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Ten Common Prevention Tools

Screening tests are helpful in finding certain diseases at an earlier, more treatable stage. They can also lead to unnecessary tests and treatments that do more harm than good. We follow the U.S. Preventive Services Task Force guidelines because they are the most unbiased, scientific information available. But these are only guidelines: the final decision lies with you, in consultation with your doctor. And patients with symptoms or signs of cancer and other illnesses will be managed with diagnostic tests, not screening ones. Generally speaking, vaccinations are the safest and most effective treatments in all of medicine. The Quality Management section of your electronic medical record will tell you which screening tests and preventive measures are recommended and overdue.

  • Abdominal Aneurism: Age 65, an ultrasound performed once for men over the age 65 who have ever smoked.
  • Blood Clots: Age 50, uncoated chewable aspirin 81 mg daily or 325 mg every other day for people at risk for heart disease or stroke.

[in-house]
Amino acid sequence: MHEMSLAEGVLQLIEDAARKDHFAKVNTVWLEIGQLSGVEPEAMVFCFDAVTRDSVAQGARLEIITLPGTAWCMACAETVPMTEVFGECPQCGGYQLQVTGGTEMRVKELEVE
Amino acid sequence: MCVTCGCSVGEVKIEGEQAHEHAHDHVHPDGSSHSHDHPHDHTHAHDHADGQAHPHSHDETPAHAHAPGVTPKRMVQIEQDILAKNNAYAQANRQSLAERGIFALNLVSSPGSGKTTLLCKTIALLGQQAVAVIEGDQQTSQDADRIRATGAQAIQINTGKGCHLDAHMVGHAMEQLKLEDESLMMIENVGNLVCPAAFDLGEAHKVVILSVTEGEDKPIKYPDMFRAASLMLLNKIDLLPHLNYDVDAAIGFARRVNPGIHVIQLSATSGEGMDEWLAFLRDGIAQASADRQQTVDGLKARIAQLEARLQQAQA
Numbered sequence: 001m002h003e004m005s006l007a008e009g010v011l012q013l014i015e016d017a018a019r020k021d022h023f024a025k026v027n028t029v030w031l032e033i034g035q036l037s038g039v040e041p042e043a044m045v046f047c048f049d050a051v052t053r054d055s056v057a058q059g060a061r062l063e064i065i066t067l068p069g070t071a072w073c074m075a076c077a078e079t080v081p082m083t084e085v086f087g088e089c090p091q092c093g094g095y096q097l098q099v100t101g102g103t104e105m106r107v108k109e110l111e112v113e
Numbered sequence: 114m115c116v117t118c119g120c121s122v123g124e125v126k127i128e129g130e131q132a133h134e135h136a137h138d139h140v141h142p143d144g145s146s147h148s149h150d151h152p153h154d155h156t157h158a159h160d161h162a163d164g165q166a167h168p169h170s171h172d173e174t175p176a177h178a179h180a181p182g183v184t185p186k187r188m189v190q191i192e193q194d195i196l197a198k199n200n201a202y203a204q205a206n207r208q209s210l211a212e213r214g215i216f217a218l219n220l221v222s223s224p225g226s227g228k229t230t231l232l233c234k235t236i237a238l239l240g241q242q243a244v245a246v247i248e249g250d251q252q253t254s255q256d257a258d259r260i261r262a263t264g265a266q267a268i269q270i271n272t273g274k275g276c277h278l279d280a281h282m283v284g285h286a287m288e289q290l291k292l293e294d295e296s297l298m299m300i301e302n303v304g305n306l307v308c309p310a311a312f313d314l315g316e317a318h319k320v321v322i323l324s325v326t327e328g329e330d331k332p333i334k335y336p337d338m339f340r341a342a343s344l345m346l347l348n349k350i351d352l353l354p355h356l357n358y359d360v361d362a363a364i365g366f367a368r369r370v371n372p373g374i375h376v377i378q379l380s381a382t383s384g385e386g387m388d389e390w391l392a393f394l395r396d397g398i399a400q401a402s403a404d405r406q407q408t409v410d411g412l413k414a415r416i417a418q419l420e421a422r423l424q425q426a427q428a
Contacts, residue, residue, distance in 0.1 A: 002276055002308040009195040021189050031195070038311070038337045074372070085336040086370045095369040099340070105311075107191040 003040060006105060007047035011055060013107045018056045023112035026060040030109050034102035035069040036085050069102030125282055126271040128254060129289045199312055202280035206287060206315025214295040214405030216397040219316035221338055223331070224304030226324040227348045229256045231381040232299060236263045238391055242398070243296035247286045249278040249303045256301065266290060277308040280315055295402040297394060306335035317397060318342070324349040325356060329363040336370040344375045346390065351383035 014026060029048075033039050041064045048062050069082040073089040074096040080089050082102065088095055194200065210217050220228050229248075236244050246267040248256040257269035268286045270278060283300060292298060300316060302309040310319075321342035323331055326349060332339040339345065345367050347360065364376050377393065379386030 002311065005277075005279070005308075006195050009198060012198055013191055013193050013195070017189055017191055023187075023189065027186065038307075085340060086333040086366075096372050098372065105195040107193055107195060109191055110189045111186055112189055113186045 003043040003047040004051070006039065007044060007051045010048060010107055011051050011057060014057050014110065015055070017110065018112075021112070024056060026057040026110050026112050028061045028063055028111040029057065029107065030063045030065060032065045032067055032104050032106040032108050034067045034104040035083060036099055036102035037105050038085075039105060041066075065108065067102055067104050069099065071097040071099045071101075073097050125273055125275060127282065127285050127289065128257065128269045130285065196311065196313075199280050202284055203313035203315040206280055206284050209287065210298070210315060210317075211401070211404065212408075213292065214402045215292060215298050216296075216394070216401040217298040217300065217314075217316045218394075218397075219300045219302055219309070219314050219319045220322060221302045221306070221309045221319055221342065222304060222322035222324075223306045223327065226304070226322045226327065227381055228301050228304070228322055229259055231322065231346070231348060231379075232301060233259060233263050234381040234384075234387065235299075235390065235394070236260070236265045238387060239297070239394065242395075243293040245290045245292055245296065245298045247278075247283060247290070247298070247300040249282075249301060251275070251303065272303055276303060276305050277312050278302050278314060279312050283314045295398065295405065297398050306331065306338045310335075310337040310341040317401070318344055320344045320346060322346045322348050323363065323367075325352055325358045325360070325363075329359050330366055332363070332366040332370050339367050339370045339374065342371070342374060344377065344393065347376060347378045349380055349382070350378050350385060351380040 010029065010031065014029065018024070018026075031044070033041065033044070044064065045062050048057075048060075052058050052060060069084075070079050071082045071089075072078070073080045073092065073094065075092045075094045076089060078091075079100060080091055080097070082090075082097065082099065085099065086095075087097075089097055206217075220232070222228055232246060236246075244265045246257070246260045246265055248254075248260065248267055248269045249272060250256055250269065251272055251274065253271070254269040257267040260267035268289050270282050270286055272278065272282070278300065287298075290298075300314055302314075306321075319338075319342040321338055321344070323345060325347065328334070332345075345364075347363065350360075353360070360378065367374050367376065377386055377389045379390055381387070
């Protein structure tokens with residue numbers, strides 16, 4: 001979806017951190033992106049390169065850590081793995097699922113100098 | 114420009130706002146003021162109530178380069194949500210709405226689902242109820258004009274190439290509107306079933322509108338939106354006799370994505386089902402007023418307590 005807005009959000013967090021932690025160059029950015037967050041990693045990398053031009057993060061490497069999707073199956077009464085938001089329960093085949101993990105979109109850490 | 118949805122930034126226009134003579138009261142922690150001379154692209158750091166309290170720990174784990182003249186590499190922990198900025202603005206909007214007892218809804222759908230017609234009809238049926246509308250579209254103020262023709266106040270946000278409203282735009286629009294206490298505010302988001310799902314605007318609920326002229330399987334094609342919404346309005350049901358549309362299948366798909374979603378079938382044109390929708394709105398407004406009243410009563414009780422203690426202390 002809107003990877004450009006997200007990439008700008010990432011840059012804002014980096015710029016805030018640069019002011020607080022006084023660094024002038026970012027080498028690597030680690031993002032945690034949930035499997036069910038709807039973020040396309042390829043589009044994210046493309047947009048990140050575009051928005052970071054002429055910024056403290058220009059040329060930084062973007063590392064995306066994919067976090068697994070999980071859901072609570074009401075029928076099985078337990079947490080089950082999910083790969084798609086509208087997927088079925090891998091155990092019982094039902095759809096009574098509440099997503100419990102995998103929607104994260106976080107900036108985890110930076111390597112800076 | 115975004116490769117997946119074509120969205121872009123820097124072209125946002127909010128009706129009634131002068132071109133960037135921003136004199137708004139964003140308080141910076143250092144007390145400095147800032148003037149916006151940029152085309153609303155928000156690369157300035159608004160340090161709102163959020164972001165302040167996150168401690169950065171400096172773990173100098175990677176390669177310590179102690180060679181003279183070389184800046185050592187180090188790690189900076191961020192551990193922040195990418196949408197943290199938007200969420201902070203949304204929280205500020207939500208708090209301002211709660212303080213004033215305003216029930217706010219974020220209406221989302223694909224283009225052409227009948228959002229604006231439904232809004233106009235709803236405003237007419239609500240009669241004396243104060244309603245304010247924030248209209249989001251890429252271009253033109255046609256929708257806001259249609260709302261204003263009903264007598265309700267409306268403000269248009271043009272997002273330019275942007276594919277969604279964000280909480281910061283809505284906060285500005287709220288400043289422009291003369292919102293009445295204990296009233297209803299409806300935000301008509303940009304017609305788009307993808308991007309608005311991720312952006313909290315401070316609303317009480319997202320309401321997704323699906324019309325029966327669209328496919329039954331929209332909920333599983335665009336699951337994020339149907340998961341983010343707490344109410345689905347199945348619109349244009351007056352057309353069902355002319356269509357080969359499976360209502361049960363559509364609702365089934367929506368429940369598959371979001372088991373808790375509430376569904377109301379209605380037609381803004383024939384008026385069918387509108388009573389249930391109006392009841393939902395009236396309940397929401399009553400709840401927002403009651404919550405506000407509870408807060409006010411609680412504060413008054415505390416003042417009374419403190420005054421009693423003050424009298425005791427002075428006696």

• Osteoporosis: Age 65, a bone scan for all women, or earlier if risk factors exist.
  • Colon Cancer: Age 50, colonoscopy every 10 years or stool tests annually.
  • High Blood Pressure: Every office visit. Normal = 140/90 age 18-59, 150/90 age 60+.
  • High Cholesterol: Treat patients with diabetes and heart/kidney/vascular disease.
  • Breast Cancer: At age 50-74, mammograms for women every other year.
  • Cervical Cancer: At age 21, pap smears for women every 2 years; age 30-65, pap smears for women every 5 years if also tested for HPV.
  • PSA: Never routinely. It is often monitored after prostate cancer treatment.
  • Shingles: At age 60, a shingles vaccine is performed once, or 5 years after the last outbreak of shingles to prevent its recurrence.